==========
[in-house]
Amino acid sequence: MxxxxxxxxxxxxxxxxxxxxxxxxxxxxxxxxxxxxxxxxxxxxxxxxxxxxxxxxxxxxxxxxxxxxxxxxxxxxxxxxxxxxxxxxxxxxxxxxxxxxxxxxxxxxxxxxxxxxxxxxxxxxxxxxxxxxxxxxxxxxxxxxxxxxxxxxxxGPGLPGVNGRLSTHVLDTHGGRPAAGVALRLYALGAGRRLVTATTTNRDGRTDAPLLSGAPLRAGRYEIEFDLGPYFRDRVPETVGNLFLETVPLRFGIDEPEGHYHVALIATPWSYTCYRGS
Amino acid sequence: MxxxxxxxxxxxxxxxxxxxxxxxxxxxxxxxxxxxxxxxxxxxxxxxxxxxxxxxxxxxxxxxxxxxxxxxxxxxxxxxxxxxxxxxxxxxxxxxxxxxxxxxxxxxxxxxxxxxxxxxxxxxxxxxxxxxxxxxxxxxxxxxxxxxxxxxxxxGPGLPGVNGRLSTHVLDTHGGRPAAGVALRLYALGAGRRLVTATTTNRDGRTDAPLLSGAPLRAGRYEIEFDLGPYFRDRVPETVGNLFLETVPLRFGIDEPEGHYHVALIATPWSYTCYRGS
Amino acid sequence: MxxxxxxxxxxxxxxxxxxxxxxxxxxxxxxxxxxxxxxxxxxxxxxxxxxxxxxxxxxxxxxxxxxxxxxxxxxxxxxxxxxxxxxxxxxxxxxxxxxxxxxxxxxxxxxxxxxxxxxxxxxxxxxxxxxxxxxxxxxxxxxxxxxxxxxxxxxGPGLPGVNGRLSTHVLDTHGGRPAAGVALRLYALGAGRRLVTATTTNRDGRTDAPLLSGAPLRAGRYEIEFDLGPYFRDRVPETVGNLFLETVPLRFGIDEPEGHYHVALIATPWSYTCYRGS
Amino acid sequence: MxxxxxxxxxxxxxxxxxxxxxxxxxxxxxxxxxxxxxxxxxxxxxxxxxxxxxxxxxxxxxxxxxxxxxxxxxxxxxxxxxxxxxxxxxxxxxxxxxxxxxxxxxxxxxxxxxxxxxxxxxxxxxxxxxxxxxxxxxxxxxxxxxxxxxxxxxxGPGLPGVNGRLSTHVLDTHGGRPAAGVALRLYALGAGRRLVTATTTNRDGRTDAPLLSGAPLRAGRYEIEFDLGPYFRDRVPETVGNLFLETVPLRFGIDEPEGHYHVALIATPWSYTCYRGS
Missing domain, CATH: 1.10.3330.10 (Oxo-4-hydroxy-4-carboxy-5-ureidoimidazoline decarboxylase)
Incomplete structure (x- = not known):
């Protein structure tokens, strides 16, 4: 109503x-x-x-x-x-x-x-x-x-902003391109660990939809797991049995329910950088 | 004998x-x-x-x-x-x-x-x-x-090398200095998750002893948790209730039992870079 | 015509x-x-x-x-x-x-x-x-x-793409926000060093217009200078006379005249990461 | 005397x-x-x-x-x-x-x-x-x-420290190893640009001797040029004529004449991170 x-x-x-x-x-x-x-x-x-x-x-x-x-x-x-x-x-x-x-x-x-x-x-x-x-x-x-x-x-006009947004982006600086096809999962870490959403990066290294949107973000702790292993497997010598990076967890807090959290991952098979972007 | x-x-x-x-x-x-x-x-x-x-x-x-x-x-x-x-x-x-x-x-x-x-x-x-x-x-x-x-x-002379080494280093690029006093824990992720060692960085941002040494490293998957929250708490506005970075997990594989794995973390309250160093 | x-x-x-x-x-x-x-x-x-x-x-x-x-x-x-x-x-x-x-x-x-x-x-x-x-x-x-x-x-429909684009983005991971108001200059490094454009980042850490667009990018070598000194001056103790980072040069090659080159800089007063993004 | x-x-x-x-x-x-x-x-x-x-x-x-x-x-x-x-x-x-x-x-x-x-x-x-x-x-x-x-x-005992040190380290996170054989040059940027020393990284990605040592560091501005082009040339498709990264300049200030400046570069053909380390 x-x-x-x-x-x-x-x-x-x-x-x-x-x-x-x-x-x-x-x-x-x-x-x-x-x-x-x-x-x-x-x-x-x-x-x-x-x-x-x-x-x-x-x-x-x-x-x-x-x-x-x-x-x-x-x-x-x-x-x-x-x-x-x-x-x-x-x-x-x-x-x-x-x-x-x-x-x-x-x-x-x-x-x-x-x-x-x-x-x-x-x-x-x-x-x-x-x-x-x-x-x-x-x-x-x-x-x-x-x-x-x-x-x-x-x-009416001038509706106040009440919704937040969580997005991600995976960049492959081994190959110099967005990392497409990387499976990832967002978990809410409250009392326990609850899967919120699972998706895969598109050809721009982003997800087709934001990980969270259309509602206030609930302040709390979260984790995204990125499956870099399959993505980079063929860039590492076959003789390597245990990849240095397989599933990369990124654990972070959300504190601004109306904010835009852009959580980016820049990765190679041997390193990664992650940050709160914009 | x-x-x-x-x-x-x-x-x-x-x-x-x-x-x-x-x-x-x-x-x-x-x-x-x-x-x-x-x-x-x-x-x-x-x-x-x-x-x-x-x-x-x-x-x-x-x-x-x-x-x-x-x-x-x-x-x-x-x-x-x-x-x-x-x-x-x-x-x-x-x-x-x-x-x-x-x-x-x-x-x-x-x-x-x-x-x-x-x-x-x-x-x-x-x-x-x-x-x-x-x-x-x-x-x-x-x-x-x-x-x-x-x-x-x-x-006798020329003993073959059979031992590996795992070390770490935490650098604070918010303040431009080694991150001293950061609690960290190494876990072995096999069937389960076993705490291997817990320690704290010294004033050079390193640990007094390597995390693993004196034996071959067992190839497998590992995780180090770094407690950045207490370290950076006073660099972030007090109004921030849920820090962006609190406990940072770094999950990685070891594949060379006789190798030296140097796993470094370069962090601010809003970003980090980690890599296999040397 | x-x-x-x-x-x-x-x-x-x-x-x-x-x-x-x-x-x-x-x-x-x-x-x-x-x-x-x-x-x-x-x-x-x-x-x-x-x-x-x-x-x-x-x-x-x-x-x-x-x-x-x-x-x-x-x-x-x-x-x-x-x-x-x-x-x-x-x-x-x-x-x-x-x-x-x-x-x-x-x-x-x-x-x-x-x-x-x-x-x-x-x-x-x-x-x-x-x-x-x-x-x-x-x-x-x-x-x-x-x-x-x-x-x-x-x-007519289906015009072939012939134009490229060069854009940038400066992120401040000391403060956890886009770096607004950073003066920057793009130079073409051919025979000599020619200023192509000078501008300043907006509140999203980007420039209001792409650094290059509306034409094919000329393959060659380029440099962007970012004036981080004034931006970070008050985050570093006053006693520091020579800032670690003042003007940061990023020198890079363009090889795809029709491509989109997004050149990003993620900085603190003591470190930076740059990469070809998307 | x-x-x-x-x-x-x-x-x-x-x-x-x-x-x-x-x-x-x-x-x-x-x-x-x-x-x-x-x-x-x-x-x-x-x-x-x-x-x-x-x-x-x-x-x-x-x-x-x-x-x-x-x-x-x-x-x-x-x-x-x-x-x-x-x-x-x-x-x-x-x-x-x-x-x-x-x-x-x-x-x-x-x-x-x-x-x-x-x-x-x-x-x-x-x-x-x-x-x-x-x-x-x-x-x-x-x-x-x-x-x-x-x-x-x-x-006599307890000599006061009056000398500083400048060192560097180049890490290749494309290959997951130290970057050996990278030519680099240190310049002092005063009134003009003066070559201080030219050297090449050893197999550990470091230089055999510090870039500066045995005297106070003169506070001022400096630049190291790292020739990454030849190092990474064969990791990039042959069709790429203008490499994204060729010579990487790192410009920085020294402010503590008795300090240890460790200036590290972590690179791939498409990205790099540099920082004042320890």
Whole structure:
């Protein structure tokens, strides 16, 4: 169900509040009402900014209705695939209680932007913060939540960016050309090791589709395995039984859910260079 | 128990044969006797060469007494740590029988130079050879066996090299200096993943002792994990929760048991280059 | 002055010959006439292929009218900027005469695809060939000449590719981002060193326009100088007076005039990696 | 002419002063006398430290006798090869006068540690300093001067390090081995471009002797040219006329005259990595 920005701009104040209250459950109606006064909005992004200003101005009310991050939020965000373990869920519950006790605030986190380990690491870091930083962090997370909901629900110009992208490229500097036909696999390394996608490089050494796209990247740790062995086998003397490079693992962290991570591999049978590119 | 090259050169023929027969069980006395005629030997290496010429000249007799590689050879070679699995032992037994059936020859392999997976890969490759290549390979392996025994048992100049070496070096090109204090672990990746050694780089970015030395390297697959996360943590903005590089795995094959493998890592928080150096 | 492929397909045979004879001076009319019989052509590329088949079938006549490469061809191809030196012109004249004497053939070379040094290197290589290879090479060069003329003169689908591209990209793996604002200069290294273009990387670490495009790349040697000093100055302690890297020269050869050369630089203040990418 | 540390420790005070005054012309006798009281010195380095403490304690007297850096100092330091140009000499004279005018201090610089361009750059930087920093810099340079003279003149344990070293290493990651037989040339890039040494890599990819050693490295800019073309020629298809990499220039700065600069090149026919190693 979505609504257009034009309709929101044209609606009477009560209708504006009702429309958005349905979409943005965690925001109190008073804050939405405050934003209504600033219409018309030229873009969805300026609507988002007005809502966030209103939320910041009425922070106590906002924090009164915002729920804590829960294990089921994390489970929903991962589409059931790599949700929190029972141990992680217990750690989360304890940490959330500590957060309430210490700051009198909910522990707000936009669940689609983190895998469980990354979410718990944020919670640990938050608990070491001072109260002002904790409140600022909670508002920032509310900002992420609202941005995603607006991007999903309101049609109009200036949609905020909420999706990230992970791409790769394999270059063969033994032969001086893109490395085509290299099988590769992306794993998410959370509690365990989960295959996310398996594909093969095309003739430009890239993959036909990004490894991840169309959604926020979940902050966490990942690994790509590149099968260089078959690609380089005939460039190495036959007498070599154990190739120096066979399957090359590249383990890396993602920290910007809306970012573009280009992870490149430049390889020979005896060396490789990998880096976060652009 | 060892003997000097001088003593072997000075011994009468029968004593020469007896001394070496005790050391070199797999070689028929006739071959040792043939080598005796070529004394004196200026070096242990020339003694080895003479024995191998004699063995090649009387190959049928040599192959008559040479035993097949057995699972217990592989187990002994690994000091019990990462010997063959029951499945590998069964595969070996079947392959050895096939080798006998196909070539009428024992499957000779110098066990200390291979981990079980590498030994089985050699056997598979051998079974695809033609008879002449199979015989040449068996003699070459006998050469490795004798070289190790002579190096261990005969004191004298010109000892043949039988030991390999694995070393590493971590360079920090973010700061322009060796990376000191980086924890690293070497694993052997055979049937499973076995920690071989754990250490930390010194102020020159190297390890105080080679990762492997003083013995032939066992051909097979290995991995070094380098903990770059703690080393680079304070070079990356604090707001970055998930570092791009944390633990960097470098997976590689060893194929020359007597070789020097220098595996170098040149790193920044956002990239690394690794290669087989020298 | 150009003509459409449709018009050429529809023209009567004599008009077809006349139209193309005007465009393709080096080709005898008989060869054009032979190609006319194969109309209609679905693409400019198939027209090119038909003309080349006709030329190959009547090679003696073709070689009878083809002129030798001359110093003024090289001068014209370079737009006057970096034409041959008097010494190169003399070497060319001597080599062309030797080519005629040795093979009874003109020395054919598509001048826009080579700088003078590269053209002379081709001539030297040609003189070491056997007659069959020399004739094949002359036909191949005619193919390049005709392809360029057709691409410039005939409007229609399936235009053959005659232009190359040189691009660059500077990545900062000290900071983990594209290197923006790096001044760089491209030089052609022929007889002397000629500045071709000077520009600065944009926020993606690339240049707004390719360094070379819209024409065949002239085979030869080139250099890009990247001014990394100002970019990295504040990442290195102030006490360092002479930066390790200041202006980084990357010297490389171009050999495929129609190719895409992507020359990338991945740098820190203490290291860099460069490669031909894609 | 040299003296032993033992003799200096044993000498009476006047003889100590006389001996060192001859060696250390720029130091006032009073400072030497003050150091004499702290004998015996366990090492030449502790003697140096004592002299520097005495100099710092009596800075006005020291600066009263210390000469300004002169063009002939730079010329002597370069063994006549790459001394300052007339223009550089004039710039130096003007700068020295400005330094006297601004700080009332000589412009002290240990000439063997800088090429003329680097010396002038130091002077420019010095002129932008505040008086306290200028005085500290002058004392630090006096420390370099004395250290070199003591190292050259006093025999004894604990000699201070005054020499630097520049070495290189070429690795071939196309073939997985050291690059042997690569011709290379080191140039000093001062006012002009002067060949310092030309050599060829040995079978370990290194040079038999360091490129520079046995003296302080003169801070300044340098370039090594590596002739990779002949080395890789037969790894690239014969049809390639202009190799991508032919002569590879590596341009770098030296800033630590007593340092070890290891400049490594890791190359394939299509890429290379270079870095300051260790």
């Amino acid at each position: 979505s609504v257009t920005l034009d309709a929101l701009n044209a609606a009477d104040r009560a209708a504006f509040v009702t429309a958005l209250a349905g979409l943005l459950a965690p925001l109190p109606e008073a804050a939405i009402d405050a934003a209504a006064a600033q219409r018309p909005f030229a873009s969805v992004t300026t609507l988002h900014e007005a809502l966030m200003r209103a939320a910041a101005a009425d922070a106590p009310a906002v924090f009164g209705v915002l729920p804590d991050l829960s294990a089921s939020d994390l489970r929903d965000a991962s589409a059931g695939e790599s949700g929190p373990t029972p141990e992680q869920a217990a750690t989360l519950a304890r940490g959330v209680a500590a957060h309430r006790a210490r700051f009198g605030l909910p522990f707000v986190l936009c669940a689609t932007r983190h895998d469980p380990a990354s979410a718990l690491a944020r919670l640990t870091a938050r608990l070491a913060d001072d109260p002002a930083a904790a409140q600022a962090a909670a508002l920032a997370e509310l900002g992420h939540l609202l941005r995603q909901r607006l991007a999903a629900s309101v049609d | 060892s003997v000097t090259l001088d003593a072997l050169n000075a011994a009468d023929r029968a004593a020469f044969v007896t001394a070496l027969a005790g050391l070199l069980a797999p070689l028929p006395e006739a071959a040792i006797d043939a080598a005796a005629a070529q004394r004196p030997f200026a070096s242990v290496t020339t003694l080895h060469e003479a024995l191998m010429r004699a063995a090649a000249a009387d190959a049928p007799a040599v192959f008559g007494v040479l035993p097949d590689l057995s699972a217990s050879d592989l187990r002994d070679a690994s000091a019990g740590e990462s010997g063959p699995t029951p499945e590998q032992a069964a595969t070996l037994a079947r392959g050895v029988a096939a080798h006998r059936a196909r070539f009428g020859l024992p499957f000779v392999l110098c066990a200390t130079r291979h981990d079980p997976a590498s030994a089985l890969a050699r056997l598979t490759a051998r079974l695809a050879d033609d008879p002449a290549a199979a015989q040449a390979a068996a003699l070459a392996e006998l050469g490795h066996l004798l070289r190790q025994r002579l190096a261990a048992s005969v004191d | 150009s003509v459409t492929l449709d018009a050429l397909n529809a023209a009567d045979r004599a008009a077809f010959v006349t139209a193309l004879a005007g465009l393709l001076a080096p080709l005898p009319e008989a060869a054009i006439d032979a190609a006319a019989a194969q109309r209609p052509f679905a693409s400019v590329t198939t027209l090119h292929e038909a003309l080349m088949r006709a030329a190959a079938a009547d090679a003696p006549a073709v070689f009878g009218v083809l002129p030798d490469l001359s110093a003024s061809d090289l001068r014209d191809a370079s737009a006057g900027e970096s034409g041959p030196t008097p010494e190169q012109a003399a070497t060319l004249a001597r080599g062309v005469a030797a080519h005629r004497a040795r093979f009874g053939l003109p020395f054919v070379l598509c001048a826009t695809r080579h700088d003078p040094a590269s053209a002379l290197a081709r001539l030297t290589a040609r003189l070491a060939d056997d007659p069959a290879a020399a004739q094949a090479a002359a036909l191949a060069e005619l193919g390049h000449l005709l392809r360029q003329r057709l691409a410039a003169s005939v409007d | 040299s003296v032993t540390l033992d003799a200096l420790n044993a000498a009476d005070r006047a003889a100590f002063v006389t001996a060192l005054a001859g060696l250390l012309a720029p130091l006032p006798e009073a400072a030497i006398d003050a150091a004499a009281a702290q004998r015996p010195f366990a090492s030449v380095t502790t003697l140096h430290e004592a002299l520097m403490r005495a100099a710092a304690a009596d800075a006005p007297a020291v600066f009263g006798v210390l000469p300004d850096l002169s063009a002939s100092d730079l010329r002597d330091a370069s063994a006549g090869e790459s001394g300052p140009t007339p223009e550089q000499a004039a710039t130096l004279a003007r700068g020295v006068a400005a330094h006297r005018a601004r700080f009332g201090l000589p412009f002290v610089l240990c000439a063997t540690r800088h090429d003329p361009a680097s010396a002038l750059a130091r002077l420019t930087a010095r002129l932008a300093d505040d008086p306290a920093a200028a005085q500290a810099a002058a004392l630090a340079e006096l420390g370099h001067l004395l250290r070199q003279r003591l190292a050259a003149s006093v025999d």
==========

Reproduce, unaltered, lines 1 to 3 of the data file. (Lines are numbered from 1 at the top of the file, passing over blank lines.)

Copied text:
[in-house]
Amino acid sequence: MxxxxxxxxxxxxxxxxxxxxxxxxxxxxxxxxxxxxxxxxxxxxxxxxxxxxxxxxxxxxxxxxxxxxxxxxxxxxxxxxxxxxxxxxxxxxxxxxxxxxxxxxxxxxxxxxxxxxxxxxxxxxxxxxxxxxxxxxxxxxxxxxxxxxxxxxxxGPGLPGVNGRLSTHVLDTHGGRPAAGVALRLYALGAGRRLVTATTTNRDGRTDAPLLSGAPLRAGRYEIEFDLGPYFRDRVPETVGNLFLETVPLRFGIDEPEGHYHVALIATPWSYTCYRGS
Amino acid sequence: MxxxxxxxxxxxxxxxxxxxxxxxxxxxxxxxxxxxxxxxxxxxxxxxxxxxxxxxxxxxxxxxxxxxxxxxxxxxxxxxxxxxxxxxxxxxxxxxxxxxxxxxxxxxxxxxxxxxxxxxxxxxxxxxxxxxxxxxxxxxxxxxxxxxxxxxxxxGPGLPGVNGRLSTHVLDTHGGRPAAGVALRLYALGAGRRLVTATTTNRDGRTDAPLLSGAPLRAGRYEIEFDLGPYFRDRVPETVGNLFLETVPLRFGIDEPEGHYHVALIATPWSYTCYRGS